Students walk into the school from out of the cold to mingle with their friends in a whirl of noises and multi-colored blurs. Like turning the knob on a radio, the conversation changes while walking down the hall, different songs for different tastes. The students divide into their assigned groups; some assigned by choice, others by skin color, personality styles, socio-economic status, or a plethora of other sometimes inexplicable reasons.
The bell for 1st period rings; upper classmen and “cool” students linger, while the lower classmen and “nerds” stampede to class like a herd of antelope charged by water buffalo. The upper classmen and “cool kids” laugh and sometimes point at the spectecale created by the scurrying students.
Students file into the classroom, the “popular elite name tags” laughing and engaging in horseplay, the “intellectual brand” discussing last night’s homework, the “sports endorsers” cracking jokes and punching each other, the “misfit generics”, a group unto themselves, sauntering in quietly, unobtrusively. Finally the “rebel tough brand” straggle in looking defiant covering up their insecurities with hoods, and they slouch into a desk. Subtle messages are sent out from alpha student groups to the others. Magically all the students understand their place on the shelf; they know when to speak and when to be quiet. They know when to make eye contact with those of thier kind and quietly guffaw at an answer given by a student from another group.
This phenomenon has been occuring in schools for ages, but in this enlightened age, it is time for it to stop. There shouldn’t be “student types” in school. School is one place that students should be able to go and feel comfortable with who they are. Good teachers, counselors and administrators know that each student is essential to an interesting, diversified school climate. Students learn from each other, if they are all conformists the learning curve becomes small. Different points of view get buried and new enlightening thoughts never emerge.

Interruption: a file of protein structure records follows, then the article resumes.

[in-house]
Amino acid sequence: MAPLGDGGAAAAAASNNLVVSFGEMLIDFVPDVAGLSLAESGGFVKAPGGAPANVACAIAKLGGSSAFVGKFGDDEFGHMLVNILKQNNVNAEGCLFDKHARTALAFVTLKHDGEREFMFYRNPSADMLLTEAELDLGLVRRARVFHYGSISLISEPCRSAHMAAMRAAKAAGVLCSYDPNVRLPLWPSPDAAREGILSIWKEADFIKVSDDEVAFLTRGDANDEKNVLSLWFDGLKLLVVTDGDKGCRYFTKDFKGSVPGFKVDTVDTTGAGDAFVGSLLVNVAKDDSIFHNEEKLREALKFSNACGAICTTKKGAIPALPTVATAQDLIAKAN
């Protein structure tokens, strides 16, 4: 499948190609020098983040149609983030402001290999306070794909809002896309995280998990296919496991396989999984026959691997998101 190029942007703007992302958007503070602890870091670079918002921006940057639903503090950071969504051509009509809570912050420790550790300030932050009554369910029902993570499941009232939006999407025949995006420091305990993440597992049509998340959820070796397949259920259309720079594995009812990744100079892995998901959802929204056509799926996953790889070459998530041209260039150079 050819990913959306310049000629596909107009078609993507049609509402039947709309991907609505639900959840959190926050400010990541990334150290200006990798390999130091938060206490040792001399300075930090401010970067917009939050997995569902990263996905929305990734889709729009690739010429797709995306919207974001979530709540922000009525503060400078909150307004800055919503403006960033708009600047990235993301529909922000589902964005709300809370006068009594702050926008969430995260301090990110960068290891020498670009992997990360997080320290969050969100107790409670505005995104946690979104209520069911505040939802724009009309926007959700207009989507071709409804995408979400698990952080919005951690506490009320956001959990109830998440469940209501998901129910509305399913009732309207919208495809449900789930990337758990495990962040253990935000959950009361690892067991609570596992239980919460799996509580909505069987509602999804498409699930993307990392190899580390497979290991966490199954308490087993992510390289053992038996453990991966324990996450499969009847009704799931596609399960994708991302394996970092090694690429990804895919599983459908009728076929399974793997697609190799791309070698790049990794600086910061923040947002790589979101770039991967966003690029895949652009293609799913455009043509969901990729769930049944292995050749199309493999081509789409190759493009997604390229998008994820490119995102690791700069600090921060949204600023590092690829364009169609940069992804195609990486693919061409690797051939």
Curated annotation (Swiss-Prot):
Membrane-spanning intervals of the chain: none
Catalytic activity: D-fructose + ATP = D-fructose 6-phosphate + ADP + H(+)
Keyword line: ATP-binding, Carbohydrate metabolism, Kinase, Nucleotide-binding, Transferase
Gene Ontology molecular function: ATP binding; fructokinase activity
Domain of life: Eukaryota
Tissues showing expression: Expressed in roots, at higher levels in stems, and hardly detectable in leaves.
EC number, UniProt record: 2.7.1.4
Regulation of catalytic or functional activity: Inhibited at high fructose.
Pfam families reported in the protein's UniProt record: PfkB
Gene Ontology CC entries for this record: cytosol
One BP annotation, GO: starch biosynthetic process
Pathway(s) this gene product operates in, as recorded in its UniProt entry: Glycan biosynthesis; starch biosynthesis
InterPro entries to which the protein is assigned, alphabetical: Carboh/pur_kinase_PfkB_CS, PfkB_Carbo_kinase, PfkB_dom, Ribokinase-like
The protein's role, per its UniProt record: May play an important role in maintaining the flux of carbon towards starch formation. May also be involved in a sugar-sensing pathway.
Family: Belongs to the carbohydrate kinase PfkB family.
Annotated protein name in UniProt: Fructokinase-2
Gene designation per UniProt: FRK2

As a parent, it is important to encourage your student to be proud of who he or she is and to help them revel in their strengths. Just because their strength may lay in chess and physics doesn’t mean they are not meant to be at the top of the societal food chain. Of course, there need not be a societal food chain. Again, societal echelons based on likes and differences has become an antiquated idea. Equality between students is important if they are to learn all that is available to them during their school years. With continuous encouragement and praise, from home and school students will blossom and begin to build the self-confidence they will need to be socially and academically successful during their school career and their life.